Trump-appointed judges will not issue the next Scribd or Netflix rulings. They will issue different court orders that threaten the strong foundation for digital accessibility that has been built through litigated cases.
Trump ends Obamacare — and the Digital Accessibility Rights that go with it
Donald Trump’s position on the Affordable Care Act (ACA) is simple: “On day one of the Trump Administration, we will ask Congress to immediately deliver a full repeal of Obamacare.” Such action would be devastating to disabled people for many reasons.
A little known part of the ACA is the right to accessible electronic health information. Section 1557 of the ACA prohibits discrimination in the delivery of health care. The regulations implementing that section, enacted by the Department of Health and Human Services just this summer, recognize that accessible digital content is a crucial component of avoiding discrimination. 45 CFR 92.204 requires all programs and activities under the ACA that are provided through digital channels to be accessible. Read more about the digital accessibility requirements of the ACA.
The accessibility of health care information is fundamental to privacy and security. The Affordable Care Act regulations recognize that. Trump’s dismantling of the Act will dismantle those protections along with everything else.
Federal Communications Commission Staff Decimated; Accessibility Efforts Stymied
It is no secret that Donald Trump pledges to slash federal agency budgets, if not eliminate entire agencies and departments. Another federal agency supporting the rights of disabled people in the digital era is the Federal Communications Commission (FCC), the agency charged with implementing the 21st Century Communications and Video Accessibility Act (CVAA).
Dedicated FCC staff have done important digital accessibility work during the current administration. Among other things, the FCC has advanced digital accessibility through regulations requiring access by disabled people to electronic messaging, web browsers, mobile phones laptops, television and online programming. Hearing aid compatibility, 911 access and real time text are other areas of FCC work under the CVAA and other laws.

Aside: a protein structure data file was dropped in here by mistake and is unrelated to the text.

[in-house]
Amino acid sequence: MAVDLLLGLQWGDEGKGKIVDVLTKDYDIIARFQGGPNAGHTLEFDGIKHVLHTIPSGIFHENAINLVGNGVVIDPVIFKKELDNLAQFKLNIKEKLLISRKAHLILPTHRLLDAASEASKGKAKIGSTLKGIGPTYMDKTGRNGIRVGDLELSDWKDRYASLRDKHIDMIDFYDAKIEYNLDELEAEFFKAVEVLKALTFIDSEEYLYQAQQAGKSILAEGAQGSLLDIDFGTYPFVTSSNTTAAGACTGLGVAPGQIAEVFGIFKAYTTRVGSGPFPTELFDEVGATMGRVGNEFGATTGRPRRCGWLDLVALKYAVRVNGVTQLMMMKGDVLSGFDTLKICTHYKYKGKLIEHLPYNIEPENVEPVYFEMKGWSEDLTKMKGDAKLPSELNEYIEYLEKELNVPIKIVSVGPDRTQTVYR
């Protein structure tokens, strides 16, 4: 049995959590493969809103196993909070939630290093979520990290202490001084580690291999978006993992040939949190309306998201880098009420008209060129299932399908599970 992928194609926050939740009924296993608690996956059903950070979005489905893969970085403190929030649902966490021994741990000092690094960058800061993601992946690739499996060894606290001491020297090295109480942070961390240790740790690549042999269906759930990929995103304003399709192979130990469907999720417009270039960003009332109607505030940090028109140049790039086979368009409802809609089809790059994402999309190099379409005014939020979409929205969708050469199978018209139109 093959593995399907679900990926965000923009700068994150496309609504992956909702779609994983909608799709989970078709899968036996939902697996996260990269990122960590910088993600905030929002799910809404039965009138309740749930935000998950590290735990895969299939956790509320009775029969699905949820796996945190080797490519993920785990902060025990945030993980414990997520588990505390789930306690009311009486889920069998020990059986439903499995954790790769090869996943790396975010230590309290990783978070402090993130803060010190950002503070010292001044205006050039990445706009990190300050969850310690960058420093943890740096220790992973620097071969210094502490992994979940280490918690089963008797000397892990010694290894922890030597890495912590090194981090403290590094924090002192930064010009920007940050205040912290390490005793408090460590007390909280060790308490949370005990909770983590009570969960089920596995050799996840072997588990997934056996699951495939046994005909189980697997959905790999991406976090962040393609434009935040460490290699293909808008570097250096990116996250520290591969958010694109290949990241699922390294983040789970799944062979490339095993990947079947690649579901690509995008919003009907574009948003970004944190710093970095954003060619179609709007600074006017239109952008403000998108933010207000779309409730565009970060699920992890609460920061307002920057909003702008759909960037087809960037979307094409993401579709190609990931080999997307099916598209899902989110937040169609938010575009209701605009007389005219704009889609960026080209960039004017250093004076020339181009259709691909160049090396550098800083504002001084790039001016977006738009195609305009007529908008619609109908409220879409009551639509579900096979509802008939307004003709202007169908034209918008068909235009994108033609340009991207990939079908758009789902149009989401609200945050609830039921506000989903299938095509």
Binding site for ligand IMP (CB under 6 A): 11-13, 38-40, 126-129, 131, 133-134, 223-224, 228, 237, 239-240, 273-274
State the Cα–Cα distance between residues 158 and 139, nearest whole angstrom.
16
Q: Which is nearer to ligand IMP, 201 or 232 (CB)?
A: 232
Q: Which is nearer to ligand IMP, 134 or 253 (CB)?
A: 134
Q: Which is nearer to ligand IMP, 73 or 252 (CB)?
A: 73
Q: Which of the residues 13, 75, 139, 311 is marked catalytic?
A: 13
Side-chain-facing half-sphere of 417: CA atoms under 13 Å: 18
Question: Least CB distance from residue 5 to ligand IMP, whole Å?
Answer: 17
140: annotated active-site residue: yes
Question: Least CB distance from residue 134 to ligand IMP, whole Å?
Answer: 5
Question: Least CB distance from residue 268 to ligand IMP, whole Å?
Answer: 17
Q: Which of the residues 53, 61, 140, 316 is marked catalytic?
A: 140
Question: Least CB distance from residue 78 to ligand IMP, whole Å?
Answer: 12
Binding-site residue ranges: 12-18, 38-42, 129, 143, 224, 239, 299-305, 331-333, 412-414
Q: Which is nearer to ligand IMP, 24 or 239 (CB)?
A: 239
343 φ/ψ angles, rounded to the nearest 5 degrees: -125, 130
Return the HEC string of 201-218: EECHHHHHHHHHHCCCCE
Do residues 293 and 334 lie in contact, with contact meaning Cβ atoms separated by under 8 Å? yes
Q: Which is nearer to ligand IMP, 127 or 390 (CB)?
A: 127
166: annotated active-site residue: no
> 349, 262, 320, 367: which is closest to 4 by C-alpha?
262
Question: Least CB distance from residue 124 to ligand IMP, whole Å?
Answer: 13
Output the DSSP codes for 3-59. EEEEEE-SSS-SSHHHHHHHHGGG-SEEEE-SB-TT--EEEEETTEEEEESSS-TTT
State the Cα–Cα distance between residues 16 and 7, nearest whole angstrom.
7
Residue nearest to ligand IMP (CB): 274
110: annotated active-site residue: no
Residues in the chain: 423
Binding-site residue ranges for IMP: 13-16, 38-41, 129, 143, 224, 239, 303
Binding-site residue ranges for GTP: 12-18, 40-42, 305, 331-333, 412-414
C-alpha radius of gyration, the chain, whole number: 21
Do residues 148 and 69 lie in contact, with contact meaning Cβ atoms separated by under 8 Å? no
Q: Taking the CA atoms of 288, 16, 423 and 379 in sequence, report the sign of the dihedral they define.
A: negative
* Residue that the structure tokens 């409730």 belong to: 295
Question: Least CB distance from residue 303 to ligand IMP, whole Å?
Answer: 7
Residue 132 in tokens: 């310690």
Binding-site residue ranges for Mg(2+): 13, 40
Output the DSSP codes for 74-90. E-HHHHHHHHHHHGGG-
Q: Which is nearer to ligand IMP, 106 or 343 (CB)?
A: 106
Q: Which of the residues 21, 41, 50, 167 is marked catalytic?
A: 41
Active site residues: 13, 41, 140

Will FCC staff be there in a post-Trump world to protect communications access in the digital world? They will not be.
Structured Negotiation Stalls, Legal Claims Evaporate
Structured Negotiation has been an effective strategy for achieving digital accessibility for twenty years. The websites and mobile applications of Major League Baseball, Bank of America, Anthem, Inc., Weight Watchers, the American Cancer Society and dozens of other organizations have been improved through the collaborative process. The nation’s pharmacies have begun to roll out talking prescription labels to ensure that blind people can take medication confidentially and confidently. All this without lawsuits being filed. Read a list of more than 50 settlements reached in the process.
In my new book, I describe how Structured Negotiation builds relationships, avoids negative press releases, produces workable agreements, and protects civil rights. How it encourages corporate and government champions and gives disabled people a seat at the table. Read more about the book. But Structured Negotiation is not possible without legal claims. Legal claims that are at risk in this election.
Without a legal claim, there can be no Structured Negotiation opening letter inviting organizations to participate in a collaborative process. There can be no alternative to discovery, no joint experts, no creative settlement agreements. Structured Negotiation is a strategy to protect and enforce claims. It is, as I’ve said so often, a tool in the lawyer and advocate’s tool box. No legal right to enforce, no Structured Negotiation.
Internal Champions Lose Leverage in the post-Trump Era; Money for Accessibility Dries UP
When I present the Digital Accessibility Legal Update to people outside the legal profession, I begin with a slide of a back pocket. In the pocket is a pencil, a tape measure and a scissors. I use the pocket to illustrate my belief that the law around digital accessibility belongs not just in a law book or a court house, but in everyone’s back pocket.
Everyone needs to be able to explain that accessibility is a civil right. That accessibility is coding, policy, design, management processes, marketing, AND the right of disabled people to access content, services and information. Developers need the law in their back pocket to encourage team members. Designers rely on the legal tool to convince brand managers that online content needs to be accessible and beautiful. Champions throughout the organization need the law in their pocket to make sure accessibility efforts are adequately funded.
The law is a driver in accessibility efforts in the United States. I have met accessibility champions in the legal departments of the biggest companies, and on the front lines of creative design. Each of those champions loses a vital tool for accessibility if Donald Trump wins the election.
I illustrated this post with an image of a man about to toss his computer into a reed-studded lake at sunset. It symbolizes to me the risk of losing all the law has achieved to make the digital space available to everyone. But the man in the photo hasn’t thrown it yet. His arms are drawn back for the toss, but he hasn’t let go.
There’s still time to preserve the hard fought gains in digital accessibility by doing all we can to make sure Donald Trump is not elected president of the United States.